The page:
Iran Briefing Exclusive
Iran Briefing : While tensions between Tehran and Ankara over the NATO missile shield system in Turkey began to fade away on December 15 following Iran’s foreign minister reconciliatory tone towards Turkey, tensions between Tehran and Washington began to rise in the wake of Tehran’s threats to seal off the Strait of Hormoz. Tensions between the two countries took a new turn on December 27 when Iran’s First Vice-President Mohammad Reza Rahimi threatened that Iran would close down the Strait of Hormoz if Western countries impose sanctions on Iran’s oil sector.
Rahimi’s remark followed the report that the EU will impose sanctions on Iran’s oil sector. According to the report, the EU diplomats along with diplomats from the US, Japan, South Korea and some of the Persian Gulf’s Arab States discussed possible ways for ramping up sanctions on Iran in a meeting held in Rome, Italy.
Less than a day after Rahimi’s threat to seal off the Strait of Hormoz, the US Fifth Fleet spokeswoman Lt. Rebecca Rebarich stated that “The free flow of goods and services through the Strait of Hormoz is critical for regional and global prosperity. Anyone threatening to disrupt freedom of navigation in an international strait obviously stands outside the community of nations. Any disruption will not be tolerated.” Immediately afterwards Deputy Commander of the Revolutionary Guard Brigadier General Hossein Salam responded to the US threat: “The US cannot affect Iran’s position. Iran does not ask for permission to implement its own defensive strategies. The history of confrontations between Tehran and Washington attest to this fact, and the Islamic Republic has managed to proceed with its strategies despite US pressure.”
Root of Crisis
No doubt that the Islamic Republic has never been under such increasing pressure both internally and externally. The US and the EU announced at the end of 2011 that they are going to impose sanctions on Iran’s Central Bank and oil sector, and in January 2012 US President Barack Obama endorsed a bill aiming to impose sanctions on Iran’s Central Bank. We must not forget that the Iranian parliament’s decision to expel UK ambassador from Iran (shortly afterwards Iranian regime agents raided the UK Embassy in Tehran) was indeed a response to the UK’s move to impose sanctions on Iran’s Central Bank.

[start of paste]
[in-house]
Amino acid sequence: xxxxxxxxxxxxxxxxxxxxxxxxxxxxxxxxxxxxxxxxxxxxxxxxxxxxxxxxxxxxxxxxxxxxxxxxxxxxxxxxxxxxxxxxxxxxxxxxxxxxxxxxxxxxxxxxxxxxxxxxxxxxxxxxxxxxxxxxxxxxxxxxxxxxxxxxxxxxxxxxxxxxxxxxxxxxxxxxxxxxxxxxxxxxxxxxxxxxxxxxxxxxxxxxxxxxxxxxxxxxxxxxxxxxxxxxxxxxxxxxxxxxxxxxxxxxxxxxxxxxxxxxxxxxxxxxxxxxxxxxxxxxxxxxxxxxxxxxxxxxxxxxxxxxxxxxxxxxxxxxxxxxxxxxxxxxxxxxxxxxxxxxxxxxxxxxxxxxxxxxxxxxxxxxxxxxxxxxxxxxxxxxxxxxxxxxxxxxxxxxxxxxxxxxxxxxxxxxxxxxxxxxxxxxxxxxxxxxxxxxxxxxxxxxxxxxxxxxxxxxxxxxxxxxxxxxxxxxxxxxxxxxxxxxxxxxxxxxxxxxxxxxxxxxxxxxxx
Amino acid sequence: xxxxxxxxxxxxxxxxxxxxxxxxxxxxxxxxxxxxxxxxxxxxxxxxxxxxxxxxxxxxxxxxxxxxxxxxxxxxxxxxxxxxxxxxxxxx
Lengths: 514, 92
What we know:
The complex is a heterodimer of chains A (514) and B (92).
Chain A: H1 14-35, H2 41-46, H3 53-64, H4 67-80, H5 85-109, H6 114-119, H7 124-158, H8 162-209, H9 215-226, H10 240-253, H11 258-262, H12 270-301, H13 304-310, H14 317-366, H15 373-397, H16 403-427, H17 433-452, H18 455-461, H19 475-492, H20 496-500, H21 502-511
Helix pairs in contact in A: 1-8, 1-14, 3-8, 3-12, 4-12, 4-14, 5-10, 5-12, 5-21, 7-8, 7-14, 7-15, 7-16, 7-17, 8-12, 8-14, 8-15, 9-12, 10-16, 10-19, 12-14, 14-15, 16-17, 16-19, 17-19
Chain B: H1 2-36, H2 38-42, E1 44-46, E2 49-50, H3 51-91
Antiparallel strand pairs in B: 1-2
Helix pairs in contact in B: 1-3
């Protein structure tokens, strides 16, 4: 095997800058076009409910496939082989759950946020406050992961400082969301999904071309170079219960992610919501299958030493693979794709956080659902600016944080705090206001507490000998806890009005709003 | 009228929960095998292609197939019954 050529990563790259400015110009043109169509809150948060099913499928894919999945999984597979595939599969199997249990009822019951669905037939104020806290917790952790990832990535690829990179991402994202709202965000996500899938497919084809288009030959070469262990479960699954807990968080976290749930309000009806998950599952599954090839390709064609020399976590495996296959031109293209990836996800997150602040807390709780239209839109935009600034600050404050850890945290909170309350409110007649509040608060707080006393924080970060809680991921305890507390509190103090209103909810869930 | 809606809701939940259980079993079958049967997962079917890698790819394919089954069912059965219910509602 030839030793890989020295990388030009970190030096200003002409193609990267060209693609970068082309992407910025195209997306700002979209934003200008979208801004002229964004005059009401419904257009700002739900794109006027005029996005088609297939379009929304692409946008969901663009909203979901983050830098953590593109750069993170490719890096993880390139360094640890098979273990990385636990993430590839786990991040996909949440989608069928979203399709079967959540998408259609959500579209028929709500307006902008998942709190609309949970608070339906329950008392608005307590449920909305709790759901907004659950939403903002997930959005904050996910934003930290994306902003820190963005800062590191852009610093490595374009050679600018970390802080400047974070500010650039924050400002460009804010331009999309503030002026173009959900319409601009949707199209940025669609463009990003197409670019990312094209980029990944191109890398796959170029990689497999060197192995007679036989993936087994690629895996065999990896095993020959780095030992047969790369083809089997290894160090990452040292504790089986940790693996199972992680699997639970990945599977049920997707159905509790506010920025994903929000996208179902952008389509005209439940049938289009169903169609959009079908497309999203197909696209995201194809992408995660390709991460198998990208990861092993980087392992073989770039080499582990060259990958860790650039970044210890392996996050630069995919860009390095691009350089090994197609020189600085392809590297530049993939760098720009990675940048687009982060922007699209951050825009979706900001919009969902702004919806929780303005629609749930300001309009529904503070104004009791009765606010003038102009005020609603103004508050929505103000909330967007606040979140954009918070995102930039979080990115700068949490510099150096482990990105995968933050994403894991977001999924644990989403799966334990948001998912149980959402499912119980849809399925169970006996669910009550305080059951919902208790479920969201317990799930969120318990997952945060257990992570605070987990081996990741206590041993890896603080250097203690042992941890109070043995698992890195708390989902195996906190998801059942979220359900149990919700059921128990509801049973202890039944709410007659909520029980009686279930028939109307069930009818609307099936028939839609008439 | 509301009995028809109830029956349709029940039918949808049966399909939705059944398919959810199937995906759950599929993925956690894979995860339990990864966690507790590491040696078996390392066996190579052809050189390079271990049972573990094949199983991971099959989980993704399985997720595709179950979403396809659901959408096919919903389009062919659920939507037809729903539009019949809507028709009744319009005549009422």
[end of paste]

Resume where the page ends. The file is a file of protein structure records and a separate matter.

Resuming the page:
Responding to Salami’s threat, State Department spokeswoman Victoria Nuland said that Iran has exhibited “irrational behavior” by threatening to close the Strait of Hormoz.
Nuland stated that the Iranian threat to close the strategically important Strait of Hormoz shows that Iran is taking a heavy toll from the Western-imposed sanctions: “One can only guess that the international sanctions are beginning to feel the pinch, and that the ratcheting up of pressure—particularly on their oil sector—is causing them to lash out.”
Iran’s Supreme Leader Ayatollah Ali Khamenei long ago proclaimed the Threat-with-Threat strategy as the Containment strategy: “We are not a nation to sit back and watch the materialistic, corrupted and rotten powers threaten the strong and dignified Iranian nation. We will threaten as a response to any threat.”
Closing the Strait of Hormoz: Iranian Regime’s Containment Strategy
All strategists concur the Strait of Hormoz is the most strategically important sea passage in the world since one-third of the world’s oil tankers passes through it. Therefore, Iran’s aggressive rhetoric to close the Strait of Hormoz is not only a threat to the US and its allies, but also a threat to all oil importing and exporting countries in the region.